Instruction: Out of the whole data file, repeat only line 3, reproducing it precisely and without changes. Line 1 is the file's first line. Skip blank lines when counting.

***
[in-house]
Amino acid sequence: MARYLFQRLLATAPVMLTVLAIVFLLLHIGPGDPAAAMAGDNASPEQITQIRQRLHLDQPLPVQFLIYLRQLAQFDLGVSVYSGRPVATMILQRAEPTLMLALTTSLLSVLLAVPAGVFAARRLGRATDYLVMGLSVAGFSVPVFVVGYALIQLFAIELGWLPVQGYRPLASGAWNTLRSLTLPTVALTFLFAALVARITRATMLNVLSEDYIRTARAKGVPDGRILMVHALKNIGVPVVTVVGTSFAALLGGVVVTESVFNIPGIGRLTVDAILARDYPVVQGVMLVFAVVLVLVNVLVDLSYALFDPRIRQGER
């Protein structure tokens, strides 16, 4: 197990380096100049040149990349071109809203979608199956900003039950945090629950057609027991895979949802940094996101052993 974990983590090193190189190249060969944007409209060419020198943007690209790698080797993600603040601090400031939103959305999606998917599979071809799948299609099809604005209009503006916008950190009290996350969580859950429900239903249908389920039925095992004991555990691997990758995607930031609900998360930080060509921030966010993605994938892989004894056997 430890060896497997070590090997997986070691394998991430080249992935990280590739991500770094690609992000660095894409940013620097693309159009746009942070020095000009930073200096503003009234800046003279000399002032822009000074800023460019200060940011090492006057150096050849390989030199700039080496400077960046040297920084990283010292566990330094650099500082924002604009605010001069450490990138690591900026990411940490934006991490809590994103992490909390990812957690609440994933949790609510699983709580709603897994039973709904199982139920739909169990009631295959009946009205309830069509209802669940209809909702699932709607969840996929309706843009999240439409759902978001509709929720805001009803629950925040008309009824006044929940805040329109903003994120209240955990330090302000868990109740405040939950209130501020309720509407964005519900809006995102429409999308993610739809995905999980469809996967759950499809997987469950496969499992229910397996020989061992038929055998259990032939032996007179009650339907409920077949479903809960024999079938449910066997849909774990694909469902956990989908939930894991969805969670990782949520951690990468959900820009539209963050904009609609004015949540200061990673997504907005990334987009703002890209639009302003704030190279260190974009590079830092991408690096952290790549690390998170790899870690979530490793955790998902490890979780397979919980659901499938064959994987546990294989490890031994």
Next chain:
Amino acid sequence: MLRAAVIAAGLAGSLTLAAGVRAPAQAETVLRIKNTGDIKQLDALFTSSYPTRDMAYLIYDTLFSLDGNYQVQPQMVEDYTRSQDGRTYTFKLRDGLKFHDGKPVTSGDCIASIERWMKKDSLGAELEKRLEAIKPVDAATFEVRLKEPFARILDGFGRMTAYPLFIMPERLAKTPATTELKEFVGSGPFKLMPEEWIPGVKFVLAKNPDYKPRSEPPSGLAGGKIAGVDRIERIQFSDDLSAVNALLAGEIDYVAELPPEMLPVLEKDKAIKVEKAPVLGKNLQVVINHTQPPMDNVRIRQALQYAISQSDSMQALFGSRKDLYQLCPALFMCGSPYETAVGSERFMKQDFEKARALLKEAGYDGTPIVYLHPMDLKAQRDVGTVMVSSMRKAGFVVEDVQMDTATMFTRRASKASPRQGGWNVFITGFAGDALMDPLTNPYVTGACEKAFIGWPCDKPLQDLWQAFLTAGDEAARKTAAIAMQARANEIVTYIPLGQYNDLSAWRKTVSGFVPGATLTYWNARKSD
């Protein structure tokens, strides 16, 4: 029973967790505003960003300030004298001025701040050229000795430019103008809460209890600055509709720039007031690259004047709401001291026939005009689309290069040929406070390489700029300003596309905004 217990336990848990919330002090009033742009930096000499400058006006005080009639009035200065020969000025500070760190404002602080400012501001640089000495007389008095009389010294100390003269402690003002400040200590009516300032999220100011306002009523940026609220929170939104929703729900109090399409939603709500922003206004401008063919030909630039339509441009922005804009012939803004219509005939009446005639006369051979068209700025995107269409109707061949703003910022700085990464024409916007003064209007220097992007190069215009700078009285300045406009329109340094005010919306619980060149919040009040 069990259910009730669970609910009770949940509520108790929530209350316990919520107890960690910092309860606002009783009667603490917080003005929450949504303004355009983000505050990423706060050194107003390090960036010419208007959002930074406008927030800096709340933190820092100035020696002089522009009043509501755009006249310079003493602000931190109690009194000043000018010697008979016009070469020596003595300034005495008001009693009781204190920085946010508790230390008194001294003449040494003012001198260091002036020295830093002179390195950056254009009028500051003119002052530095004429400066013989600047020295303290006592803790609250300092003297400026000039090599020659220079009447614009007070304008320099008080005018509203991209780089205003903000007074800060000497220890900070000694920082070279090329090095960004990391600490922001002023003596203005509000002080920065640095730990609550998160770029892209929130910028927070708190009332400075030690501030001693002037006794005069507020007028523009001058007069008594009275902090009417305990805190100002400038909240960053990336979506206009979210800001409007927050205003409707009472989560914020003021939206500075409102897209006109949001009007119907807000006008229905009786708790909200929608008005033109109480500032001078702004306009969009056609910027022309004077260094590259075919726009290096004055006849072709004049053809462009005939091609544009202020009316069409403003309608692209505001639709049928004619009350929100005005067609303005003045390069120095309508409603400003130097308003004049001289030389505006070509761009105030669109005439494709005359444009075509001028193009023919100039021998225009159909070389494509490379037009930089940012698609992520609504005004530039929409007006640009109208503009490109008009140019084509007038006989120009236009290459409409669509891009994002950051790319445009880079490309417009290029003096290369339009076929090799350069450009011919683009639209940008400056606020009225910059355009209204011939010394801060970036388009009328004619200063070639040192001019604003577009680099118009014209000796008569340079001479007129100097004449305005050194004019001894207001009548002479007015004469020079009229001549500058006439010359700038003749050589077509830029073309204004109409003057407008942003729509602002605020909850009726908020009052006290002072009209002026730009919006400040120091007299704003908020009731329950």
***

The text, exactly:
């Protein structure tokens, strides 16, 4: 197990380096100049040149990349071109809203979608199956900003039950945090629950057609027991895979949802940094996101052993 974990983590090193190189190249060969944007409209060419020198943007690209790698080797993600603040601090400031939103959305999606998917599979071809799948299609099809604005209009503006916008950190009290996350969580859950429900239903249908389920039925095992004991555990691997990758995607930031609900998360930080060509921030966010993605994938892989004894056997 430890060896497997070590090997997986070691394998991430080249992935990280590739991500770094690609992000660095894409940013620097693309159009746009942070020095000009930073200096503003009234800046003279000399002032822009000074800023460019200060940011090492006057150096050849390989030199700039080496400077960046040297920084990283010292566990330094650099500082924002604009605010001069450490990138690591900026990411940490934006991490809590994103992490909390990812957690609440994933949790609510699983709580709603897994039973709904199982139920739909169990009631295959009946009205309830069509209802669940209809909702699932709607969840996929309706843009999240439409759902978001509709929720805001009803629950925040008309009824006044929940805040329109903003994120209240955990330090302000868990109740405040939950209130501020309720509407964005519900809006995102429409999308993610739809995905999980469809996967759950499809997987469950496969499992229910397996020989061992038929055998259990032939032996007179009650339907409920077949479903809960024999079938449910066997849909774990694909469902956990989908939930894991969805969670990782949520951690990468959900820009539209963050904009609609004015949540200061990673997504907005990334987009703002890209639009302003704030190279260190974009590079830092991408690096952290790549690390998170790899870690979530490793955790998902490890979780397979919980659901499938064959994987546990294989490890031994």